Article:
Getting Tax Debt Help in California
There are five ways you can get out of tax debt. One of these ways is making an Offer in Compromise.
Unfortunately, circumstances do not always work together to your advantage. As a result, there may be
times when you will find yourself in a tough situation with difficult consequences.
Don’t be Late
One of these difficult situations that
you may find yourself in if you do not
plan ahead properly is falling behind
on your taxes. The IRS is not very
lenient with those who refuse to pay
Fortunately, there are many tax
attorneys that are willing to help you
get out of this situation. There are
many places you can get tax debt help
If you do not get help in reaching a
tax debt settlement, you may face
some serious consequences such as wage garnishment among other things. When you go in to talk
about possible debt relief paths you could take with a tax attorney, the tax attorney will take a look at
your current financial situation.
Use a Structured Plan
Then, he or she will help you come up with a payment plan that will allow you to pay of your debt. If
there is no possible payment plan that would work with your current financial situation, then your tax
attorney may encourage you to consider an Offer in Compromise.
An Offer in Compromise is when you offer to pay less than the amount you owe. Your attorney will help
you go through the proper paperwork so that you can reach an agreement with the IRS.
The IRS may or may not grant your request based on your current financial situation and other factors.
They are more likely to accept an Offer in Compromise when they are not sure they would ever be able
to receive the full amount from you.
They are also more likely to accept an Offer in Compromise when they are not sure that you are the one
responsible for the debt. If this option does not work out for you, then you may want to try the four
other ways of getting out of tax debt.
A Los Angeles tax attorney or really any tax attorney can discuss these four other ways with you if they
are appropriate for your current financial situation. In order to formally apply for an Offer in
Compromise, your attorney will have you fill out Form 656 and Form 433-A. Form 656 is the official
Offer in Compromise form and Form 433-A is a Collection Information Statement.
The offer you make of how much you are willing or can pay will be calculated and stated on the
Collection Information Statement. Of course, in filing these forms you will be making a commitment to
You will be agreeing to pay the amount stated on the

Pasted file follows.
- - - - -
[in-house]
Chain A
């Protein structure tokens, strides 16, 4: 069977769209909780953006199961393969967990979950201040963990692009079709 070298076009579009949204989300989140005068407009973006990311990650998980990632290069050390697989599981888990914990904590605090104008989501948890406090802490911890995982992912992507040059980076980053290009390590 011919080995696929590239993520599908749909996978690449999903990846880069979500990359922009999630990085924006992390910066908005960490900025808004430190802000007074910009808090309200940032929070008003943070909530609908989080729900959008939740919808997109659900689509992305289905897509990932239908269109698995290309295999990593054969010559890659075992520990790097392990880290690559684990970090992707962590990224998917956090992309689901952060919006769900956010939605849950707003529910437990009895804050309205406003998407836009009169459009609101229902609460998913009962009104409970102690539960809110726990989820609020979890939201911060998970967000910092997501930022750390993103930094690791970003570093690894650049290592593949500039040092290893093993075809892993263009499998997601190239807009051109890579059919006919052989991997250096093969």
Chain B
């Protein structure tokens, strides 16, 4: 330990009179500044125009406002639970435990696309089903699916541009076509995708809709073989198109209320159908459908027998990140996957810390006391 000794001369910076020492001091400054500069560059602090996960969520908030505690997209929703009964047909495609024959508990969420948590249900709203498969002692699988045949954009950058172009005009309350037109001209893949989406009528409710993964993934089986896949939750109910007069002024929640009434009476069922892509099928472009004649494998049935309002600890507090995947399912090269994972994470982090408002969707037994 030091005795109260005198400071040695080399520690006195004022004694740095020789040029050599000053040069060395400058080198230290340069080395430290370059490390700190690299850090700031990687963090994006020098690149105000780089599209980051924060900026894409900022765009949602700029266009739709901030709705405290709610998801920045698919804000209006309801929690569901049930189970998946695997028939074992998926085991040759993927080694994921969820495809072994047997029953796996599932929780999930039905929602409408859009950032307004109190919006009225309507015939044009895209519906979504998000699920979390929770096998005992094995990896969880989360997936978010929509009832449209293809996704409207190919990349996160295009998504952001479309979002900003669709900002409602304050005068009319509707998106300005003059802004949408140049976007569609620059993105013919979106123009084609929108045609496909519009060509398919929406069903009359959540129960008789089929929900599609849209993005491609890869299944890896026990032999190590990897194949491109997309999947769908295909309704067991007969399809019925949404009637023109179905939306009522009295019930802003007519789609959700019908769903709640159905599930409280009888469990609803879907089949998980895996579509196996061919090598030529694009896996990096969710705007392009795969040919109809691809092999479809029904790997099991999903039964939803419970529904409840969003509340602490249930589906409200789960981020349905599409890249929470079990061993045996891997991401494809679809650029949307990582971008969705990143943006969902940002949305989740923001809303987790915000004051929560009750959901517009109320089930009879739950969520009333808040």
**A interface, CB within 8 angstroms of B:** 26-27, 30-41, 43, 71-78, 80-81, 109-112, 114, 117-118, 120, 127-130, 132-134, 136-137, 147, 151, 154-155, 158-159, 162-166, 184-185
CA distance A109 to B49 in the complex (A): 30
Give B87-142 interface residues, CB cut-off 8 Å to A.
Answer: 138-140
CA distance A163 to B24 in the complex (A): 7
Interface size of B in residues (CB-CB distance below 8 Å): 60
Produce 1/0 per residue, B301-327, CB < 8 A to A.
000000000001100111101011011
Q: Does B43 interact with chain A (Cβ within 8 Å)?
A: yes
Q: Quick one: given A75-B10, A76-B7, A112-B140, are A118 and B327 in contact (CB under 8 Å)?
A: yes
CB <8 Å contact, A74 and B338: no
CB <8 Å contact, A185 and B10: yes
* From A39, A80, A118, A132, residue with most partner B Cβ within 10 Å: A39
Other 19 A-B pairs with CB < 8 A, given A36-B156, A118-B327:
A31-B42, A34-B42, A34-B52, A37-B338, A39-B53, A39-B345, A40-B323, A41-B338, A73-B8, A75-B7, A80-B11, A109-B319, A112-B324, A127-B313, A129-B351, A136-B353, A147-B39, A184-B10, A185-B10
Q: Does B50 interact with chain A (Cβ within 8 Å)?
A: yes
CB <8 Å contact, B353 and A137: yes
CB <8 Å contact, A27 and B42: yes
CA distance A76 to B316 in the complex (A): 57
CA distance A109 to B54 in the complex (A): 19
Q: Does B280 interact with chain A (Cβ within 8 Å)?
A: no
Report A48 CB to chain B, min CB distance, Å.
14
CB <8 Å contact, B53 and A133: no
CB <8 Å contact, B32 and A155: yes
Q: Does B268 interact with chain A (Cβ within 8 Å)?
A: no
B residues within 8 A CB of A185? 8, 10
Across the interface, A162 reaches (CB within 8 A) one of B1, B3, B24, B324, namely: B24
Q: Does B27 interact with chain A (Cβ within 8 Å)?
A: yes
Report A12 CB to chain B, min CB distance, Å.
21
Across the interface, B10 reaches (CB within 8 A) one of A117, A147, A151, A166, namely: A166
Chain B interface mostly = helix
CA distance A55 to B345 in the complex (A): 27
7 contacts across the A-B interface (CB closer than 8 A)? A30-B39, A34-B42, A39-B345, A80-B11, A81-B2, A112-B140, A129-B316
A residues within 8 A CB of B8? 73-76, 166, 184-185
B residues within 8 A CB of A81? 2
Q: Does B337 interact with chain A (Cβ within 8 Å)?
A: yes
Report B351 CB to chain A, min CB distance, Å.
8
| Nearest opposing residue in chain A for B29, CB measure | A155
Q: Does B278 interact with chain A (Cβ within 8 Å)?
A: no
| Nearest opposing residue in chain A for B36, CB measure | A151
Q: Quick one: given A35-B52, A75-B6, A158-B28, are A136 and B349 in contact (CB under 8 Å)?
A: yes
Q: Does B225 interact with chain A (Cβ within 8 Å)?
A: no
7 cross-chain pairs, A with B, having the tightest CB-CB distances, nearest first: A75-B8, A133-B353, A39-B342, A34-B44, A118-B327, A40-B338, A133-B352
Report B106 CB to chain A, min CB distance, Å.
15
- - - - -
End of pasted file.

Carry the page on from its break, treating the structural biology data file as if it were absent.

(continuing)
Collection Information Statement. In addition, you
are also committing to pay future taxes on-time and
in full for at least the next five years.
As the IRS will be taking a loss, the IRS is allowed to
keep any tax refunds, payments, and credits that
were part of your taxes before you arranged to have
an Offer in Compromise. They will also keep all tax
refunds, payments, and credits that would apply the
year you arrange to have the Offer in Compromise.
If you default on your commitment, then the Offer in
Compromise can be cancelled and you will be
required to pay your full tax debt once more. As a
result, you will want to make sure that you pay your
taxes on time and in full for the next five years.
Worst Case Scenario
If April 15th arrives and for some reason you cannot file your tax forms before then, you will need to
apply for an automatic extension. This will give you some more time to get your taxes in before they
revoke your Offer in Compromise.
However, this will be your last chance to put off paying your taxes. You can make estimated payments or
extension payments in order to make sure that you make the April 15th due date on time.
If you fail to do these things, not only will you have to pay the full debt, but the IRS will add on interest
and other penalty fees. They will also begin pestering you to pay it off.
You will want to avoid this at all costs. It is best not to make an Offer in Compromise if you do not feel
like you could keep your commitment.
Through the Offer in Compromise, you will be paying less than they initially charged you. However, the
offer that you make has to be equal to or more than the reasonable collection potential.
The reasonable collection potential is a calculated amount that the IRS thinks they would be able to
collect from you from the money that you earn during the next two years.
Photo Credit: JD Hancock, Woodley Wonder Works